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Monday, December 04, 2006

In Bed with Russophobes

Here's my article from today's Guardian. on why progressives ought to be very wary of jumping on the current anti-Putin bandwagon.

The Litvinenko murder is being used by neocons in their campaign against Putin's national revival.
Monday December 4, 2006
The Guardian

Three weeks on, we are still no closer to knowing who was responsible for the death of the former Russian agent Alexander Litvinenko. The use of polonium 210 as a murder weapon could point in entirely opposite directions. It might suggest that the killing was carried out on behalf of the Russian security service as a public warning to others who might think of betraying it. But it could also be read as an attempt by President Putin's rich and powerful enemies to discredit the Russian government internationally. Whatever the truth, it has been seized upon across Europe and the US to fuel a growing anti-Russian campaign.

There are certainly grounds for criticising the Russian government from a progressive perspective. Putin has introduced a flat-rate income tax, which greatly benefits the wealthy, and plans the partial marketisation of Russia's education and health systems. He has pursued a bloody campaign of repression in Chechnya. And while some of Russia's oligarchs have been bought to justice, others remain free to flaunt their dubiously acquired wealth, in a country where the gap between rich and poor has become chasmic.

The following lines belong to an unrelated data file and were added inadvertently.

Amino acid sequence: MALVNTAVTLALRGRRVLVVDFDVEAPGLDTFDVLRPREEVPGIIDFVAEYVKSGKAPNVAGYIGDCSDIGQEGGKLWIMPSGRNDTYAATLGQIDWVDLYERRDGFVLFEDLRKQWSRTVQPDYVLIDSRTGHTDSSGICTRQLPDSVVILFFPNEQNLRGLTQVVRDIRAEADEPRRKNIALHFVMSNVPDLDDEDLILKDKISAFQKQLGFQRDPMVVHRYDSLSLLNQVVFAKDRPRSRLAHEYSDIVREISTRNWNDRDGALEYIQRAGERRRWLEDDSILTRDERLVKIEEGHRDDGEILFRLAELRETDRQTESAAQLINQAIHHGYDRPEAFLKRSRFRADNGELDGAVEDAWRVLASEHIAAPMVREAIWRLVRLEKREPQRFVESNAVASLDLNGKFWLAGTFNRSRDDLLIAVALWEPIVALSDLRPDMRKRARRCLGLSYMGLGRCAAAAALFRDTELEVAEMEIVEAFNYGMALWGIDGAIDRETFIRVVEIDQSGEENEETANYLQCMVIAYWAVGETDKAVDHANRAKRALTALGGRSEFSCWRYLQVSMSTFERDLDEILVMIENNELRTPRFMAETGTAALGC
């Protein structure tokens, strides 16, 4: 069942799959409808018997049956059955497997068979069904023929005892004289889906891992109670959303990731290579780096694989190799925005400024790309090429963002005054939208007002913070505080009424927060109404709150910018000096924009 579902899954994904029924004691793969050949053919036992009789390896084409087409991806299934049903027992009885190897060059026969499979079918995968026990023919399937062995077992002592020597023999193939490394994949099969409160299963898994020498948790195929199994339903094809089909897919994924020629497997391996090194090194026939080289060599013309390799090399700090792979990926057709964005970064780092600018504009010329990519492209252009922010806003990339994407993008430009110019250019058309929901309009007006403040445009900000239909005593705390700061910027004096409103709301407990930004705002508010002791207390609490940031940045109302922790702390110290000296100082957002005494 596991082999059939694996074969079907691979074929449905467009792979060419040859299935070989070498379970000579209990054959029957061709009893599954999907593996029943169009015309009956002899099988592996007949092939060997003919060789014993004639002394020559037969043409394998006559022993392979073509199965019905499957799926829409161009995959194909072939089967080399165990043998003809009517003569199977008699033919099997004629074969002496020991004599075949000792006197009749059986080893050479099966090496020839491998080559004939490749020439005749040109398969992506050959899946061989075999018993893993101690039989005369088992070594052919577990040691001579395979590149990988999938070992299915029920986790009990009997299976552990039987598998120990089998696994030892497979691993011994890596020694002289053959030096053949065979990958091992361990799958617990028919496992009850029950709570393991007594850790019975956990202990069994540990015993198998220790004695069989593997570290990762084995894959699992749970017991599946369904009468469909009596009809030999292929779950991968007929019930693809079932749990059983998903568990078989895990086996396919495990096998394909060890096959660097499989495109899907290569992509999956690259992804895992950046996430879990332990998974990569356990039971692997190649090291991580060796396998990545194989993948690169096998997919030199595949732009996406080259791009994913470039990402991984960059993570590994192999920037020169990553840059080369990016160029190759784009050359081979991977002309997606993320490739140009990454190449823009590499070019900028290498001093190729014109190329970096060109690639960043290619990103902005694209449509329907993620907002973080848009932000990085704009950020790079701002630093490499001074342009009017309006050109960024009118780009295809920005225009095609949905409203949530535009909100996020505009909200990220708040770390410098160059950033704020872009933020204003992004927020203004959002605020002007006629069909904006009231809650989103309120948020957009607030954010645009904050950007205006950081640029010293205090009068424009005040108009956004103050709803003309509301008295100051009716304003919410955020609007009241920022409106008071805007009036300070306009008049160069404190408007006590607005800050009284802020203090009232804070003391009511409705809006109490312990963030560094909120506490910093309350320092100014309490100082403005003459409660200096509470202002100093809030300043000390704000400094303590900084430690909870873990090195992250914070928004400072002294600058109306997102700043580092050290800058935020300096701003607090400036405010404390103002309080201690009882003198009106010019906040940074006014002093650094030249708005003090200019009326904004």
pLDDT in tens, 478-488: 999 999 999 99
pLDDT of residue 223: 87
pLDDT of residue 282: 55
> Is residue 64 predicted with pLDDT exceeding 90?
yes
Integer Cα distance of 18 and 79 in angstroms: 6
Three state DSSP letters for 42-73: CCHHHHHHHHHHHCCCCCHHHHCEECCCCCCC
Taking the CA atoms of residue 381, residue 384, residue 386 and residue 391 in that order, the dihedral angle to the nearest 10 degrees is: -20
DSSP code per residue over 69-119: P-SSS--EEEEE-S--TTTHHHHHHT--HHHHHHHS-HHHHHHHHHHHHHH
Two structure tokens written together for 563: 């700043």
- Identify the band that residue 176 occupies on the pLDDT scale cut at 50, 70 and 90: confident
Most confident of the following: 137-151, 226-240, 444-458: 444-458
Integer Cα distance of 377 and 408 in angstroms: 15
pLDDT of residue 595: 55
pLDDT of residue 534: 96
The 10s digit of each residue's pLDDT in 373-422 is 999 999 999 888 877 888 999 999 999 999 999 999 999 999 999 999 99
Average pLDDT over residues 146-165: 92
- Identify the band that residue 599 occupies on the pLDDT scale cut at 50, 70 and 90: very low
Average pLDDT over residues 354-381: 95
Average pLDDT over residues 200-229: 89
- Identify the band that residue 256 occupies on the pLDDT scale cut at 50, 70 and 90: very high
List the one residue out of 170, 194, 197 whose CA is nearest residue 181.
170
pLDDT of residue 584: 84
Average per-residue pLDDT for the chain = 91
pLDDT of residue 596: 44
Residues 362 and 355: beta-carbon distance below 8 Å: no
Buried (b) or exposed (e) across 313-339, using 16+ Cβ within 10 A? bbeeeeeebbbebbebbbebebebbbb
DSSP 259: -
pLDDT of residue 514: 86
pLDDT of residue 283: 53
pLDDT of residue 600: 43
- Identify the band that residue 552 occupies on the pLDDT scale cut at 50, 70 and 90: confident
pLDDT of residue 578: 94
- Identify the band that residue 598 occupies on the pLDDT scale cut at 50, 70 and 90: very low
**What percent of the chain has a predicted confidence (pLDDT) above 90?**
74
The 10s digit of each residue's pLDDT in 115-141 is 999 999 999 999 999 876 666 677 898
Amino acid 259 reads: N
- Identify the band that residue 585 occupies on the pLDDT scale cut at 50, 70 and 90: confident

Even so, those on the centre-left who have joined the current wave of Putin-bashing ought to consider whose cause they are serving. Long before the deaths of Litvinenko and the campaigning journalist Anna Politkovskaya, Russophobes in the US and their allies in Britain were doing all they could to discredit Putin's administration. These rightwing hawks are gunning for Putin not because of concern for human rights but because an independent Russia stands in the way of their plans for global hegemony. The neoconservative grand strategy was recorded in the leaked Wolfowitz memorandum, a secret 1990s Pentagon document that targeted Russia as the biggest future threat to US geostrategic ambitions and projected a US-Russian confrontation over Nato expansion.

Even though Putin has acquiesced in the expansion of American influence in former Soviet republics, the limited steps the Russian president has taken to defend his country's interests have proved too much for Washington's empire builders. In 2003, Bruce P Jackson, the director of the Project for a New American Century, wrote that Putin's partial renationalisation of energy companies threatened the west's "democratic objectives" - and claimed Putin had established a "de facto cold war administration". Jackson's prognosis was simple: a new "soft war" against the Kremlin, a call to arms that has been enthusiastically followed in both the US and Britain.